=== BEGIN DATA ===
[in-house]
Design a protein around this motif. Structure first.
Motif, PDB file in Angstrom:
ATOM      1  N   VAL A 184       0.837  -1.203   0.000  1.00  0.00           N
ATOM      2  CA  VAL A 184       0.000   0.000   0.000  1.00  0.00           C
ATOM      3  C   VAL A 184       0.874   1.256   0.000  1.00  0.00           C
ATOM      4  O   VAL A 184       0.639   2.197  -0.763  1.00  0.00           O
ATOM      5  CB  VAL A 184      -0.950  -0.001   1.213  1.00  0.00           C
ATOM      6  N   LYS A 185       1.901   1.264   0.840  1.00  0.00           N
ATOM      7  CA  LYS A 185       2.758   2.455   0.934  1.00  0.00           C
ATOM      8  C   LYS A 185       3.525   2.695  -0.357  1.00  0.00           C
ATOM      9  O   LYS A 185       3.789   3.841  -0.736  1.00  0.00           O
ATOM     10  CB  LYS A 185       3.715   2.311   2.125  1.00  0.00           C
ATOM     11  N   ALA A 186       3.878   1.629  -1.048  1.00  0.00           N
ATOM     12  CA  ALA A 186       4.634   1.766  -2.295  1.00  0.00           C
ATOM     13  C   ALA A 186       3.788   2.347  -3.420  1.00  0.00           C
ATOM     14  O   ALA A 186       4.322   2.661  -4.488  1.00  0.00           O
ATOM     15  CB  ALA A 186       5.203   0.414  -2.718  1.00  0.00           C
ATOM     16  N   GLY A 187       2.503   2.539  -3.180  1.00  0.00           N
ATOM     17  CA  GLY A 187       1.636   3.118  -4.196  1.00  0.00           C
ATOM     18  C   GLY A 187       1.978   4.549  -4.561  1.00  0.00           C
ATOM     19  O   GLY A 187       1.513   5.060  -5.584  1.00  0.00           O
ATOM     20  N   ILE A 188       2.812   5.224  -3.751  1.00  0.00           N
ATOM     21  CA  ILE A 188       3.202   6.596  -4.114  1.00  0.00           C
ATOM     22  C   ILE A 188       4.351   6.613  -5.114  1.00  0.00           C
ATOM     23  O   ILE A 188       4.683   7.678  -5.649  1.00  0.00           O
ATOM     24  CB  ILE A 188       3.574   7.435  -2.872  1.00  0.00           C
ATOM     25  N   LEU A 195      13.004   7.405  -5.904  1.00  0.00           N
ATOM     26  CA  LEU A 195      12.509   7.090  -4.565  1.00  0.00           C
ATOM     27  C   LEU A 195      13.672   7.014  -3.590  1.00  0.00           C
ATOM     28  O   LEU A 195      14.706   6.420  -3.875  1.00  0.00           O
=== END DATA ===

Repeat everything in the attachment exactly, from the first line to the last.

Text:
[in-house]
Design a protein around this motif. Structure first.
Motif, PDB file in Angstrom:
ATOM      1  N   VAL A 184       0.837  -1.203   0.000  1.00  0.00           N
ATOM      2  CA  VAL A 184       0.000   0.000   0.000  1.00  0.00           C
ATOM      3  C   VAL A 184       0.874   1.256   0.000  1.00  0.00           C
ATOM      4  O   VAL A 184       0.639   2.197  -0.763  1.00  0.00           O
ATOM      5  CB  VAL A 184      -0.950  -0.001   1.213  1.00  0.00           C
ATOM      6  N   LYS A 185       1.901   1.264   0.840  1.00  0.00           N
ATOM      7  CA  LYS A 185       2.758   2.455   0.934  1.00  0.00           C
ATOM      8  C   LYS A 185       3.525   2.695  -0.357  1.00  0.00           C
ATOM      9  O   LYS A 185       3.789   3.841  -0.736  1.00  0.00           O
ATOM     10  CB  LYS A 185       3.715   2.311   2.125  1.00  0.00           C
ATOM     11  N   ALA A 186       3.878   1.629  -1.048  1.00  0.00           N
ATOM     12  CA  ALA A 186       4.634   1.766  -2.295  1.00  0.00           C
ATOM     13  C   ALA A 186       3.788   2.347  -3.420  1.00  0.00           C
ATOM     14  O   ALA A 186       4.322   2.661  -4.488  1.00  0.00           O
ATOM     15  CB  ALA A 186       5.203   0.414  -2.718  1.00  0.00           C
ATOM     16  N   GLY A 187       2.503   2.539  -3.180  1.00  0.00           N
ATOM     17  CA  GLY A 187       1.636   3.118  -4.196  1.00  0.00           C
ATOM     18  C   GLY A 187       1.978   4.549  -4.561  1.00  0.00           C
ATOM     19  O   GLY A 187       1.513   5.060  -5.584  1.00  0.00           O
ATOM     20  N   ILE A 188       2.812   5.224  -3.751  1.00  0.00           N
ATOM     21  CA  ILE A 188       3.202   6.596  -4.114  1.00  0.00           C
ATOM     22  C   ILE A 188       4.351   6.613  -5.114  1.00  0.00           C
ATOM     23  O   ILE A 188       4.683   7.678  -5.649  1.00  0.00           O
ATOM     24  CB  ILE A 188       3.574   7.435  -2.872  1.00  0.00           C
ATOM     25  N   LEU A 195      13.004   7.405  -5.904  1.00  0.00           N
ATOM     26  CA  LEU A 195      12.509   7.090  -4.565  1.00  0.00           C
ATOM     27  C   LEU A 195      13.672   7.014  -3.590  1.00  0.00           C
ATOM     28  O   LEU A 195      14.706   6.420  -3.875  1.00  0.00           O